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Book Review of: Mating in Captivity
Unlocking Erotic Intelligence
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Mating in Captivity, by Esther Perel|
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Reviewer: Mark Lamendola, author of over 6,000 articles.
This book repeatedly resonated with me, from the very first page to the very last. In addition to being a fascinating read, it was an insightful one that answered questions I have had for years. Many years.
Internationally recognized author and relationship expert Esther Perel takes us behind doors that are closed, exposes desires that are rarely talked about, and uncovers needs that are often unmet. She takes us beyond the boundaries of the known, showing how these self-imposed boundaries behave like water on the flame of erotic desire.
In her work with couples who have lost their passion, she asks the question, "Why could you find your partner so exciting in the beginning?" She opens people up to looking at what happened along the way, and how to get back. The journey back often requires a new mindset, which is a tough thing. And it makes for many interesting examples.
Part of the problem for American couples is our American culture. While this culture offers many benefits, it also exacts a price. Perel, who is an immigrant, brings a larger worldview to bear on the situation American couples tend to find themselves in. She also provides an approach that is markedly different from what has not worked for many people in couples therapy.
Whether you are heterosexual or gay, the insights of this book will help you in your relationship. While the book is targeted at committed couples, the insight is also helpful for people just entering a relationship. Understanding what turns you on vs. what gives you security will help anyone develop a healthier, more rewarding relationship.
This book doesn't provide new techniques of coitus or a 10-step program. Nothing so simple, nothing so formulaic. It's not a manual for robots to follow. In fact, the thinking behind such an approach is diametrically opposed to what Perel has seen actually work.
It's counterintuitive, but one approach she uses is to create distance to bring you closer. How exactly does that work? Perel explains this by looking at examples from her twenty years of counseling couples and listening to their feedback. What brings most couples together is the initial excitement of the unknown. Why does this "have to" disappear? We think we know each other, but is that really so? Perel looks at ways couples can re-introduce the intrigue and excitement that ignited the passion that they once felt.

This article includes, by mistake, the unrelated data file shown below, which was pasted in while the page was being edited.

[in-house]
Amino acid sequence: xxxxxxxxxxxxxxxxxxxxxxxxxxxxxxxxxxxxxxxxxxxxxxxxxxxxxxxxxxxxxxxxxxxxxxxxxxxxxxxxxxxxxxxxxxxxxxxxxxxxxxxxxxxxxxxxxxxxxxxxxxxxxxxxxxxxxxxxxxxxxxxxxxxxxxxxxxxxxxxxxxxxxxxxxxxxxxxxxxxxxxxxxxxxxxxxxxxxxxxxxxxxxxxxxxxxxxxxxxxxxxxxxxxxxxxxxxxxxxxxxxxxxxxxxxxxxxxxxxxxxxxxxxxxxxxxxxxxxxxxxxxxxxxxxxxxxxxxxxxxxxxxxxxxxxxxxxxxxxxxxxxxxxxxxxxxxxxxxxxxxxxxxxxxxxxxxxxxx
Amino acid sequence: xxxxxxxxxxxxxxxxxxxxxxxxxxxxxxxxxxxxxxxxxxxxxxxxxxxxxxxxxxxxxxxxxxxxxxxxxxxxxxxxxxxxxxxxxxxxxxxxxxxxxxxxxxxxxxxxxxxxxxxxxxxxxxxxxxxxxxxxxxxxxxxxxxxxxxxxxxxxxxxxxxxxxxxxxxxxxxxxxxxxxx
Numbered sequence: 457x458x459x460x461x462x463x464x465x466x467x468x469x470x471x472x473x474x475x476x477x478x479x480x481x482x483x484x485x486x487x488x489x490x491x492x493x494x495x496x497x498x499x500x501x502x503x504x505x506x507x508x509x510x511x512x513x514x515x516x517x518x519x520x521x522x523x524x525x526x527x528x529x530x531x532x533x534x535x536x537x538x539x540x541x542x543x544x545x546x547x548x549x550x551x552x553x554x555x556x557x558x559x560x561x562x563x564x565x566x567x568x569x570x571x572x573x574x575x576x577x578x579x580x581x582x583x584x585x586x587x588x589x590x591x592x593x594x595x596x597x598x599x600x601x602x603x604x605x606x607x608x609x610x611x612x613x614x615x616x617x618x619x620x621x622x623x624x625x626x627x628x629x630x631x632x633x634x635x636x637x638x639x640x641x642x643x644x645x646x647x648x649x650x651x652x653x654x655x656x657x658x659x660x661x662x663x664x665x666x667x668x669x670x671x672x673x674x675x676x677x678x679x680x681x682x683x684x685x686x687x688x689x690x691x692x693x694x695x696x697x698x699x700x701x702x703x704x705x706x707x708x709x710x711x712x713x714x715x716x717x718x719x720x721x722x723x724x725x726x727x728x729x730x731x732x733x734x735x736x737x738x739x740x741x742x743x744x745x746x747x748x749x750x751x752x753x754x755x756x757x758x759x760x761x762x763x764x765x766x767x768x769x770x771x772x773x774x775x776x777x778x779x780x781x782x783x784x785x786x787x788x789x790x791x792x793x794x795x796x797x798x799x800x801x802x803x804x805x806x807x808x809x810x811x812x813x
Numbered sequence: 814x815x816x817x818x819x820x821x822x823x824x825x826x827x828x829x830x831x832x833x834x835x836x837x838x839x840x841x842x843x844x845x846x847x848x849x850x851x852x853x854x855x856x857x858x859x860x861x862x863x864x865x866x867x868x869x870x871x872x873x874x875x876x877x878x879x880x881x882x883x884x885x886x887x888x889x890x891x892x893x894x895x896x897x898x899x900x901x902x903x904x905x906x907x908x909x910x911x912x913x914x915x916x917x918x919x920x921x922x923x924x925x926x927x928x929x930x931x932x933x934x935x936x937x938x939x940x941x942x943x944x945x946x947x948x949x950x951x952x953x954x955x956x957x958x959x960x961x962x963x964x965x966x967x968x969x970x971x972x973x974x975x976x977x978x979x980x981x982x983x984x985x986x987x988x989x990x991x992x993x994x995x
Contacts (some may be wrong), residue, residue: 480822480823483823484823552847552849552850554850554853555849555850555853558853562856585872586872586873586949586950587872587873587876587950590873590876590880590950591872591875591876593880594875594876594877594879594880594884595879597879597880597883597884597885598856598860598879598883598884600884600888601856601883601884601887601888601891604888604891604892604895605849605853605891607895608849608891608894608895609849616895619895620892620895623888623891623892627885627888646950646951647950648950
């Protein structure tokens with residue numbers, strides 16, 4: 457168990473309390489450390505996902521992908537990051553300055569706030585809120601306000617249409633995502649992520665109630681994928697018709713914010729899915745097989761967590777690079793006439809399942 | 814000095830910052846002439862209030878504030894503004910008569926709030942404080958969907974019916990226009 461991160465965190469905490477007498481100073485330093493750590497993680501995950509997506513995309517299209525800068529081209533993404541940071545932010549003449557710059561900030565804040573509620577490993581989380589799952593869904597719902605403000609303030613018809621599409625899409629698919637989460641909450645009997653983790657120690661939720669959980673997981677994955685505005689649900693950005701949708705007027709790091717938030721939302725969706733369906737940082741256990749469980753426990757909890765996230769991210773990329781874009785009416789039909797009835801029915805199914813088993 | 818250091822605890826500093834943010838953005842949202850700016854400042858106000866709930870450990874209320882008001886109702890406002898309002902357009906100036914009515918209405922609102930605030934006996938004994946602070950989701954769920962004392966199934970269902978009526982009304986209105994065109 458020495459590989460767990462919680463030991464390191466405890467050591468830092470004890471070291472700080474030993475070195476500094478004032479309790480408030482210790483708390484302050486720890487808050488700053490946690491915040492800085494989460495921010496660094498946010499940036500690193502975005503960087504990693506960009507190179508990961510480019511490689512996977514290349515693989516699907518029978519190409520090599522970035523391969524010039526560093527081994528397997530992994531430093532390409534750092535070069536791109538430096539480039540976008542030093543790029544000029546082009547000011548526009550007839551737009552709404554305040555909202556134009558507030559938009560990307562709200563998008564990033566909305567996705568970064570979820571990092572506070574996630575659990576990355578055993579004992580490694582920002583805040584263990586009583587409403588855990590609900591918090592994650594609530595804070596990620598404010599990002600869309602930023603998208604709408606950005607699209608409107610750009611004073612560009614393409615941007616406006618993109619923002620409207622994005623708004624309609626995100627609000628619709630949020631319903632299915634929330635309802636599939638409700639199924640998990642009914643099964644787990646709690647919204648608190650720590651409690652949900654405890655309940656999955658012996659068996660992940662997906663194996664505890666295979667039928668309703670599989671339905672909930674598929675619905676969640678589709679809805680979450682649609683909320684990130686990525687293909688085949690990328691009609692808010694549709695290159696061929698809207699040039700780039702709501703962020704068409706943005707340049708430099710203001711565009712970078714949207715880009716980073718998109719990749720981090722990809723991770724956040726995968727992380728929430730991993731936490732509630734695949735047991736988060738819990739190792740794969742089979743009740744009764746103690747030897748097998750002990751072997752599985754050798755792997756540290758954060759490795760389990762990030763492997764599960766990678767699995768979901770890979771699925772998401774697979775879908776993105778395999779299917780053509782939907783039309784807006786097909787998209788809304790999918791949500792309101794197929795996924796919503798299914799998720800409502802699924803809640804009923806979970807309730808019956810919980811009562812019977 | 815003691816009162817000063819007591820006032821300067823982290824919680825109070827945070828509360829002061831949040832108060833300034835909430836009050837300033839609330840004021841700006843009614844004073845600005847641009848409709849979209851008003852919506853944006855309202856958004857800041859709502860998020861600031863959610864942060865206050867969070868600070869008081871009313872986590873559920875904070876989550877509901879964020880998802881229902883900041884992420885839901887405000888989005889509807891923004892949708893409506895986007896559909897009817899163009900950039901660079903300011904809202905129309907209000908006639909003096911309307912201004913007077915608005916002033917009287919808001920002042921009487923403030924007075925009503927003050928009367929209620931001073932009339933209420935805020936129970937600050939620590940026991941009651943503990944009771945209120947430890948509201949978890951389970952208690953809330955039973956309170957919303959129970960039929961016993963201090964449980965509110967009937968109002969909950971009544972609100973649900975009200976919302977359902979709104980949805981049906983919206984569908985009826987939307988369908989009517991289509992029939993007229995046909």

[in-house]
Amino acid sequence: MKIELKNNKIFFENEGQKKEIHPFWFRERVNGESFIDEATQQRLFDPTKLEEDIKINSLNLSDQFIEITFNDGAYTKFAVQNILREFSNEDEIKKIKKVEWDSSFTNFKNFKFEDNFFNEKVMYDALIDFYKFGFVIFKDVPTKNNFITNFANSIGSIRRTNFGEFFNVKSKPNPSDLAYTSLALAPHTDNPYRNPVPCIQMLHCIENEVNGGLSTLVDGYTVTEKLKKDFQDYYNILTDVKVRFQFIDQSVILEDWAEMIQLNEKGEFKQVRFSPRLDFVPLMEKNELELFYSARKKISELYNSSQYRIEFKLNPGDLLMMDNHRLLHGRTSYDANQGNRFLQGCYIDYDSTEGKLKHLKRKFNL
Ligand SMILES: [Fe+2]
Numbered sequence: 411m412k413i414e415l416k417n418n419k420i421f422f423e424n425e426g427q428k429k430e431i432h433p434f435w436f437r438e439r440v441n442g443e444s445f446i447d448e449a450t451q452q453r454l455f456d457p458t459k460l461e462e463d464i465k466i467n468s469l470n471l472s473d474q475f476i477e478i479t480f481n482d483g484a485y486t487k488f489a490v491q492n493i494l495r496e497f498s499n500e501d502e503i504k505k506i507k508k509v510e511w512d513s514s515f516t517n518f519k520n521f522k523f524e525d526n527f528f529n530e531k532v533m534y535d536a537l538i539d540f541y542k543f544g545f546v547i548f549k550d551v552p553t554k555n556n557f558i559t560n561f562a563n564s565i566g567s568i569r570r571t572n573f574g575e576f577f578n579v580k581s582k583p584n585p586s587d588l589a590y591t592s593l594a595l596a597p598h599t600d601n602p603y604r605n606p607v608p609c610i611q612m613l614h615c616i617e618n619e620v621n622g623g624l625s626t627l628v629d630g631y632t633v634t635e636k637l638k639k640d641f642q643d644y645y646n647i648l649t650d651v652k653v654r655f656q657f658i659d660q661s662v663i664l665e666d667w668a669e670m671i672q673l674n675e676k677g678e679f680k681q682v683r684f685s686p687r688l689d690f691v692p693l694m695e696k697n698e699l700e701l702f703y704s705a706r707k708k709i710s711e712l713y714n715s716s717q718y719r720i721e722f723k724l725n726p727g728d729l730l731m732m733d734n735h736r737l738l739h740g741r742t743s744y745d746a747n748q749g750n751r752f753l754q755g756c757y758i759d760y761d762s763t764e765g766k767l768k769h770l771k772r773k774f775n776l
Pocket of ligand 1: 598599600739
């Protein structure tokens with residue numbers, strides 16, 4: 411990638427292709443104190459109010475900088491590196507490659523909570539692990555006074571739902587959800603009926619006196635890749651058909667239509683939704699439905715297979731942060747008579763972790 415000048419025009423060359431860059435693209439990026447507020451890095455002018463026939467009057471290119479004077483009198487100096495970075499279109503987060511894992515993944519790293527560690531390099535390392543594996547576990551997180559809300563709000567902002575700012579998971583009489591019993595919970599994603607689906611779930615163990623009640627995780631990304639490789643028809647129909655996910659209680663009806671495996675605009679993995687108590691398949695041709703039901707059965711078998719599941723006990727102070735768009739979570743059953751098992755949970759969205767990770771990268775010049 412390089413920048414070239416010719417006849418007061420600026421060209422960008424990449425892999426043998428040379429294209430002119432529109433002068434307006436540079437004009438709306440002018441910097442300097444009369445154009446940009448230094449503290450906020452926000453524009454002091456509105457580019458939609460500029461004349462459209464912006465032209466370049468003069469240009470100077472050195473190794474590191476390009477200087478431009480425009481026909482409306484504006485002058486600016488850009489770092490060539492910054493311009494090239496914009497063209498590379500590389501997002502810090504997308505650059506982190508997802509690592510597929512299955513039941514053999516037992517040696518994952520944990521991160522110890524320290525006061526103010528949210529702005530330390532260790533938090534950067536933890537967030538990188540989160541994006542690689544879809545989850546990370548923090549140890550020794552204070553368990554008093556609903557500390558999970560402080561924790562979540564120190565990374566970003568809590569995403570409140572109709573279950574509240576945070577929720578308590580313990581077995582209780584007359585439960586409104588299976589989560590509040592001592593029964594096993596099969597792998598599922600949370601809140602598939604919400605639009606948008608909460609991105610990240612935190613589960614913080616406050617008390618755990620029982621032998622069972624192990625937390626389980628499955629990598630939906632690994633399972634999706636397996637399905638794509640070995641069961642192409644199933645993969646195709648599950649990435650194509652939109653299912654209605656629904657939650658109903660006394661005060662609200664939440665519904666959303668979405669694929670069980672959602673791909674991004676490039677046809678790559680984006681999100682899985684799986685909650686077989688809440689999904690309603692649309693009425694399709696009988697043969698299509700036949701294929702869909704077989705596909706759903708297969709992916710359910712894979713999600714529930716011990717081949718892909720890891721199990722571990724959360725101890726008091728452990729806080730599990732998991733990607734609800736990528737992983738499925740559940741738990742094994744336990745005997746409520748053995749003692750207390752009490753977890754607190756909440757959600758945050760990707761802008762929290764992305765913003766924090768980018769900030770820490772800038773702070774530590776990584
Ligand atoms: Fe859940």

The cleverness of the title became apparent to me once I had read the book.
Mating denotes an animalistic aspect, and that is where many people get hung up. At first, this aspect is very exciting to many couples. But as the relationship matures, it becomes repugnant. For example, one man finds it distasteful to think of the mother of his children as a sex object. Perel explores this dichotomy and shows us how this man overcame that obstacle to happiness and erotic pleasure. And not just his happiness and erotic pleasure, but that of his wife as well.
Captivity denotes a lack of freedom. That's exactly how many people--both male and female--feel in a committed relationship. That feeling causes a cascade of thoughts, feelings, and expectations that make it difficult to open up to your partner. Much of the book addresses this idea of captivity.
Perel's views on fidelity/infidelity bring into question beliefs that are, upon examination, in conflict with reality. And those beliefs are toxic to the relationship. Chapter Ten takes a fresh look at fidelity and how we can embrace human nature rather than fight it. No, she's not advising that men take on a mistress or that women feel free to open up the marriage bed to the UPS guy. There are other ways to embrace this. Rather than being destructive, those ways bring couples closer. Each couple will have to decide which ways work for them, and Perel gives real-world examples as well as theoretical explanations.
This book consists of eleven chapters. In the first one, Perel addresses how the security we all seek or need in our relationships undermines our erotic needs.
In Chapter Two, she looks at a paradox. Love seeks closeness, but desire needs distance. How can we thus have desire for someone we love? While the default in many relationships is mutual exclusivity, this need not be the case. Nor, as she points out in Chapter Three, is talk the only way for people to develop closeness. People say things like, "We're not close. We never talk." This ignores the fact that the body has many ways of expressing itself. By relegating the body to silence, we sacrifice the most effective ways of bringing us closer. We are more than words, and need to express ourselves with more than words.
The next three chapters take on cultural issues. Democracy isn't always fair in a relationship, because desire and egalitarianism operate by different rules. The Puritan perspective that makes s*e*x so "dirty" that we need to put asterisks in the word for getting past filters when writing online content is dysfunctional in many ways. Perel's awareness and understanding of its poisonous effects are pretty amazing.
Perel credits our Protestant work ethic as being the drive behind our brutal work schedules. Here, she's in error. We work insane hours because Americans have the highest tax burden of any people on earth. Government spending and taxes are the same thing, because money does not grow on trees and the excessive spending must therefore be funded by the taxpayers. Grossly unethical spending has resulted in an immense load for Americans to bear.